The night Hillary Clinton accepted the Democratic nomination, as TV anchors gushed about the penultimate crack in the highest glass ceiling, I tried to lure my 12-year-old daughter into the living room. I wanted her to witness history. She wanted to play a quiz on her phone. So when I put her to bed, I gave her a personal history lesson.
Yes, I’d had plenty of career opportunities, and she would, too. But her grandmother, born in Hillary’s generation, had to fight to go to college, and her options afterward were limited to jobs considered suitable for a woman. Even for those of us who grew up with wider horizons, a female president often seemed like a fantasy, reserved for TV characters and aspirational Barbie dolls. And now, here on TV was an actual, live woman on the brink.
Clinton’s nomination, long coming as it was, still seemed to sock 40-something women like me with a wallop last week. I was a rarity among my peers in the 1980s, a latchkey kid with a working mom, so my thrill might have been especially acute. But it wasn’t just me: My social feeds are filled with attestations of tears and unexpectedly deep joy.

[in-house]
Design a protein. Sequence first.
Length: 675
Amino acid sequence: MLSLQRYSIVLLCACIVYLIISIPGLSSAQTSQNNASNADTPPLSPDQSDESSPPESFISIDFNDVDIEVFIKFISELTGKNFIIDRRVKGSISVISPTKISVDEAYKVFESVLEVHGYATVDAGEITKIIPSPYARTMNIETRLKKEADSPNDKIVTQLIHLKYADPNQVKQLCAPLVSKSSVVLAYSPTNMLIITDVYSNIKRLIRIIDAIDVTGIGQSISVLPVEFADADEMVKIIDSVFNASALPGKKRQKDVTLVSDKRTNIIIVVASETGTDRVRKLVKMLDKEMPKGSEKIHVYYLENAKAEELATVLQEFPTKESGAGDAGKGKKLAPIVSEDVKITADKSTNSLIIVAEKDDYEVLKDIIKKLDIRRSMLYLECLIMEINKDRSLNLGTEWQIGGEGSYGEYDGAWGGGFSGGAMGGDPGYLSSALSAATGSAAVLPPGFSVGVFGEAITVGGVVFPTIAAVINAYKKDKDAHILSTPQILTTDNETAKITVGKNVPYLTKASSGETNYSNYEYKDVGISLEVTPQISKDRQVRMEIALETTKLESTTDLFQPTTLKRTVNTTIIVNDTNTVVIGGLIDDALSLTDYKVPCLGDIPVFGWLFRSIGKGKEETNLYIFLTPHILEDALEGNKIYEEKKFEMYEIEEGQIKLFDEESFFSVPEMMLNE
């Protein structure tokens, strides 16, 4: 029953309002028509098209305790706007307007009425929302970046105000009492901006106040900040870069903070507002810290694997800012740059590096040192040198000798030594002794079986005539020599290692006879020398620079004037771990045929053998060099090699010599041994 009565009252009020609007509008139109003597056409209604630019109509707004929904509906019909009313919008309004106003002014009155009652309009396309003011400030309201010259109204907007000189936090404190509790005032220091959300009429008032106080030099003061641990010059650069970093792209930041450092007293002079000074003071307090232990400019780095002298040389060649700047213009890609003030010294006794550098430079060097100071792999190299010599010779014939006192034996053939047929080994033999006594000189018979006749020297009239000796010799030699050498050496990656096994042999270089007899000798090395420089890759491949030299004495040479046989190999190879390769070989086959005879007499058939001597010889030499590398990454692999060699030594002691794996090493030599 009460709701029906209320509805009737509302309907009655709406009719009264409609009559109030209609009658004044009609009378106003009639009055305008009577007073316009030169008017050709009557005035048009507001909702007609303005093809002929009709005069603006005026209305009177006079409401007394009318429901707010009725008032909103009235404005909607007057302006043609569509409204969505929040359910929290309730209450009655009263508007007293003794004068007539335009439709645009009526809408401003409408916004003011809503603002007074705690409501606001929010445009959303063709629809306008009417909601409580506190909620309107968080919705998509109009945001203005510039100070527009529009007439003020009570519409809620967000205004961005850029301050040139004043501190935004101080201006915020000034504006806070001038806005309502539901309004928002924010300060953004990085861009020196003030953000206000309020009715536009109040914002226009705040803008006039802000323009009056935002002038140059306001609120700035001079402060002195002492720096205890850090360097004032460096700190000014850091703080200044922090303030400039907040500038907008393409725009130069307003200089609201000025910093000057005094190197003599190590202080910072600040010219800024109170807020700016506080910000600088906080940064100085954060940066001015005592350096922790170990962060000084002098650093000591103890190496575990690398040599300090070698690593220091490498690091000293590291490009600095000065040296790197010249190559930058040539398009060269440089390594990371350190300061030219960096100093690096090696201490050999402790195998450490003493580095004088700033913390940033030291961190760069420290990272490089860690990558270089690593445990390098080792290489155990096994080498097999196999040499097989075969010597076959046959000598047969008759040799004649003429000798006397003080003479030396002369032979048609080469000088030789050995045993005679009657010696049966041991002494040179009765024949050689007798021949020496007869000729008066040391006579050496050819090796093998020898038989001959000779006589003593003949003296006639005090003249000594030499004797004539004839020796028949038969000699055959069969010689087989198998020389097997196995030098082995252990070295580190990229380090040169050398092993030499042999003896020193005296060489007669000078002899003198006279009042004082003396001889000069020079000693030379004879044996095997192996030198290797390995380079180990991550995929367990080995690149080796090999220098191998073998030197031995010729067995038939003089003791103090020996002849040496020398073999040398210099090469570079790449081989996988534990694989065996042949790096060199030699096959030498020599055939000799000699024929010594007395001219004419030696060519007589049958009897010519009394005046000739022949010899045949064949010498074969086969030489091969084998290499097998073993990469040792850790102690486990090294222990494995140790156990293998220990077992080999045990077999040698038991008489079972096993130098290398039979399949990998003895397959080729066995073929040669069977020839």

But to women younger than I am, to say nothing of girls my daughter’s age, the ramp-up to history has been decidedly ho-hum…and in what Gen Xers like me would recognize as a profound irony, enthusiasm for Hillary’s groundbreaking campaign has, in large part, been a casualty of empowerment culture itself.
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